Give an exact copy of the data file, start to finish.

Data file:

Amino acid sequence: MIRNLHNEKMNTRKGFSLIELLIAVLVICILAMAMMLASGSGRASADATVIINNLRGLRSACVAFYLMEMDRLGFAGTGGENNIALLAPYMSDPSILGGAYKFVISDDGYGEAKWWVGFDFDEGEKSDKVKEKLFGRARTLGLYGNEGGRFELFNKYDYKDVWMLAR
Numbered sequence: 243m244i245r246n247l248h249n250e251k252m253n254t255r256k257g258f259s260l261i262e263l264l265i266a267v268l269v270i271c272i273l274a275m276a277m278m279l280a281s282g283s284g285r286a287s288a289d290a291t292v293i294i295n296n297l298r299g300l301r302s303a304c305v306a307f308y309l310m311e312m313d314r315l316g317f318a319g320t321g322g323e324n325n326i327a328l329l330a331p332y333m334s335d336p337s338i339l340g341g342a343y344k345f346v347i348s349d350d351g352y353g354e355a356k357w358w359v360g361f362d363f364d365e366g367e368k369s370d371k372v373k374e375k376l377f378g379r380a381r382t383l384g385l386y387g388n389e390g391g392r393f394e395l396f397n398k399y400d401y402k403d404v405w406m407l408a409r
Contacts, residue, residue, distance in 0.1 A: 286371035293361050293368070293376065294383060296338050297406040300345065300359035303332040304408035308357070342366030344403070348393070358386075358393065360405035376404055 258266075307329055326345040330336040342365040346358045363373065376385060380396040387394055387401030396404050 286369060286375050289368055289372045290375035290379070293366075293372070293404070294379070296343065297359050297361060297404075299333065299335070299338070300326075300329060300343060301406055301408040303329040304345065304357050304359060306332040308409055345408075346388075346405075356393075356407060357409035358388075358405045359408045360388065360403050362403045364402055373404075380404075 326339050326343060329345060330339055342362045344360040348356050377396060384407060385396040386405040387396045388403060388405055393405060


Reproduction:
Amino acid sequence: MIRNLHNEKMNTRKGFSLIELLIAVLVICILAMAMMLASGSGRASADATVIINNLRGLRSACVAFYLMEMDRLGFAGTGGENNIALLAPYMSDPSILGGAYKFVISDDGYGEAKWWVGFDFDEGEKSDKVKEKLFGRARTLGLYGNEGGRFELFNKYDYKDVWMLAR
Numbered sequence: 243m244i245r246n247l248h249n250e251k252m253n254t255r256k257g258f259s260l261i262e263l264l265i266a267v268l269v270i271c272i273l274a275m276a277m278m279l280a281s282g283s284g285r286a287s288a289d290a291t292v293i294i295n296n297l298r299g300l301r302s303a304c305v306a307f308y309l310m311e312m313d314r315l316g317f318a319g320t321g322g323e324n325n326i327a328l329l330a331p332y333m334s335d336p337s338i339l340g341g342a343y344k345f346v347i348s349d350d351g352y353g354e355a356k357w358w359v360g361f362d363f364d365e366g367e368k369s370d371k372v373k374e375k376l377f378g379r380a381r382t383l384g385l386y387g388n389e390g391g392r393f394e395l396f397n398k399y400d401y402k403d404v405w406m407l408a409r
Contacts, residue, residue, distance in 0.1 A: 286371035293361050293368070293376065294383060296338050297406040300345065300359035303332040304408035308357070342366030344403070348393070358386075358393065360405035376404055 258266075307329055326345040330336040342365040346358045363373065376385060380396040387394055387401030396404050 286369060286375050289368055289372045290375035290379070293366075293372070293404070294379070296343065297359050297361060297404075299333065299335070299338070300326075300329060300343060301406055301408040303329040304345065304357050304359060306332040308409055345408075346388075346405075356393075356407060357409035358388075358405045359408045360388065360403050362403045364402055373404075380404075 326339050326343060329345060330339055342362045344360040348356050377396060384407060385396040386405040387396045388403060388405055393405060